Watching Wilson succeed in two different collegiate offenses showed that he can learn a playbook of any offense and be able to utilize it in a way that works for him. Seattle Seahawks head coach Pete Carroll brought out the best in Russell Wilson right when he was drafted and it showed when defeating Matt Flynn for the starting QB job.
After the 2012 NFL season concluded, Seattle went to Washington, where RGIII led the team in the nation’s capital, for the NFC Wild Card Round. After seeing the two different quarterback styles of these two individuals, I knew that Wilson had progressed more than RGIII had because of RGIII’s knee injuries and felt Seattle would win that game. After seeing RGIII’s ACL tear, I knew that Griffin III’s playing style would be forced to change where Wilson adjusts to the game’s requirements.
In Wilson’s first Super Bowl appearance (vs. Denver Broncos), he had a 72% completion percentage (18/25) for 206 yards and 2 touchdowns. Not only was he effective with his passes, but he was virtually unstoppable on 3rd downs when they mattered most. Wilson had a perfect passer rating of 158.3 when passing to both Doug Baldwin Jr. and Jermain Kearse, two young receivers. Wilson prepared his team more than Peyton Manning did in that Super Bowl, and the 43-8 score shows that.
Nick Foles, Round 3, Pick 88
Nick Foles was the third rated quarterback on my draft list, and many gave an interesting look when I said his name over RGIII’s. Foles was at a disadvantage when he was drafted because of Andy Reid‘s personal tragedy in training camp, but he remained humble throughout his entire rookie season. When Vick had to leave the game at Tampa Bay with an injury, Foles was asked to come in and end the Eagles‘ 8-game losing streak in Reid’s final season with Philadelphia. Foles led the comeback of the season with a game-winning TD strike to Jeremy Maclin, who was injured for all of 2013 and will return for 2014, to lead the Eagles past the Buccaneers 23-21.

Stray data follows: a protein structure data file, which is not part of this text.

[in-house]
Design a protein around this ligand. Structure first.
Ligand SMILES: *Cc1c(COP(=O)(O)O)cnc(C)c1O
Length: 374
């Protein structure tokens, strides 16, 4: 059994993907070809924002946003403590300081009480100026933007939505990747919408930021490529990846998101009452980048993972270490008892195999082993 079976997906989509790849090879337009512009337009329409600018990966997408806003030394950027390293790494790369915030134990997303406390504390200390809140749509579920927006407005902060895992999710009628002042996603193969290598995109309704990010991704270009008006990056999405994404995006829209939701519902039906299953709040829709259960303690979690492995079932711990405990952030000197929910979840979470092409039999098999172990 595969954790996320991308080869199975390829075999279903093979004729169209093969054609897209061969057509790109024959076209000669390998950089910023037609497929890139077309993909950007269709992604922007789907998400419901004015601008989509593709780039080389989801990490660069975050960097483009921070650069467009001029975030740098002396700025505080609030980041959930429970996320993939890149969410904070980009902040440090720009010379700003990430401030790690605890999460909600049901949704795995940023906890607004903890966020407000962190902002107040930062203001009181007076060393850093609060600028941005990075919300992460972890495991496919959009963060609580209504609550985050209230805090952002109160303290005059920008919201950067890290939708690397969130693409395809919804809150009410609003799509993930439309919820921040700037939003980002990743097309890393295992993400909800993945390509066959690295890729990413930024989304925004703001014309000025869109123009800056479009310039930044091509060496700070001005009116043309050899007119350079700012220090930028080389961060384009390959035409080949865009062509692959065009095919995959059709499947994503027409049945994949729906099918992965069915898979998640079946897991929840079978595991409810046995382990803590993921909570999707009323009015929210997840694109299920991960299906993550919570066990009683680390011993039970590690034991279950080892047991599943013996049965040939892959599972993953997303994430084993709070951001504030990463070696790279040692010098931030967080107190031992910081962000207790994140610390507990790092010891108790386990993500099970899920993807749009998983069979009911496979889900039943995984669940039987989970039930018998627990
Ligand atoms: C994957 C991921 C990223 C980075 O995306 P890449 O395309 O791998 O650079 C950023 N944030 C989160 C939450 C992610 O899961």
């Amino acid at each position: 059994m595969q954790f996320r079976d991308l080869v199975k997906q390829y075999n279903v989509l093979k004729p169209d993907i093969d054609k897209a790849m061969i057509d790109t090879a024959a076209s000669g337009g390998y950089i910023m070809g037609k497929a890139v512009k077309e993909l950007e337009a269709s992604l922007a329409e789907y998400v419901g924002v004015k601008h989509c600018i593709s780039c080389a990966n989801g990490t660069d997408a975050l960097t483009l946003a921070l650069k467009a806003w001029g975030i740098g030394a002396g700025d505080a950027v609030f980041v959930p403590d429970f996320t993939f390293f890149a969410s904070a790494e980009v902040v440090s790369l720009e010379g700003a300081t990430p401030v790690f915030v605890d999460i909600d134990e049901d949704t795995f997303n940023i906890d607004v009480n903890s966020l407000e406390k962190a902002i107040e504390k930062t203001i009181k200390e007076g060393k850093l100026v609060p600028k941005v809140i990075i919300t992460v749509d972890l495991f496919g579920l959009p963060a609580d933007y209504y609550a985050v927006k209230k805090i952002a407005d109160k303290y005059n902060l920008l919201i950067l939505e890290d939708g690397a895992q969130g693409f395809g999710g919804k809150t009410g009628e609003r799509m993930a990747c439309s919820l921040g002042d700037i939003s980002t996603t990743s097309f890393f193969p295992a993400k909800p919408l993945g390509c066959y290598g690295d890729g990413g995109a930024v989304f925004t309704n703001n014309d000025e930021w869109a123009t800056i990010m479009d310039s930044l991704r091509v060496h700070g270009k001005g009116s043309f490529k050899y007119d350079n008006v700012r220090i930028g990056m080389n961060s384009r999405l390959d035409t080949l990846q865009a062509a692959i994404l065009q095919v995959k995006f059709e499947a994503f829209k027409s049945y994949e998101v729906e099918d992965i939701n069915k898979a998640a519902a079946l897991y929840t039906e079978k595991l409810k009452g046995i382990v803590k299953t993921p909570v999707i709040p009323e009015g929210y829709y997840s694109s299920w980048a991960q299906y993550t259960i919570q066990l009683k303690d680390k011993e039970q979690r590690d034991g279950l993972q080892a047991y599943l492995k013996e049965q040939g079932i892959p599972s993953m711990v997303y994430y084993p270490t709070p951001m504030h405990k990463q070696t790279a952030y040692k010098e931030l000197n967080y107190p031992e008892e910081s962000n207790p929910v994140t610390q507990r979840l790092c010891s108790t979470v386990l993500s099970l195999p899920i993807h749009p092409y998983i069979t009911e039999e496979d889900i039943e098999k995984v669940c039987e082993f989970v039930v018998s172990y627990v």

Foles played against a Chip Kelly-coached Oregon Ducks team multiple times while he attended Arizona University as a Pac-12 rival and as a sports fan, I saw the intrigue in Kelly’s eyes. As a young fan striving to be a sports historian, I realize that Chip Kelly became the Eagles head coach to not only coach Michael Vick, but also Nick Foles.
The Philadelphia Eagles quarterback competition between Vick, who won the job after Preseason Week 3, over Foles, who was neck-and-neck with Michael but a red zone INT vs. Carolina in Preseason Week 2 sealed the job for Vick. Both were motivated to start the season and it paid off when Nick and Michael had their joint-press conference after Vick injures his hamstring at the NY Giants. Foles then starts at QB and produced the highest passer rating in the 2013 NFL season and earned a playoff berth with the NFC East title. His 119.2 passer rating (PR) was higher than Peyton Manning’s record-breaking season (55 TDs, 10 INTs, 5,477 yards, 115.1 PR) with 27 TDs, 2 INTs, and 2,891 yards. The playoff loss against the New Orleans Saints will not only help Nick during this offseason, but will also help Chip Kelly understand the playoff atmosphere better. What is very encouraging for Foles is that he does not turn the ball over and will give Philadelphia a chance to win each and every week.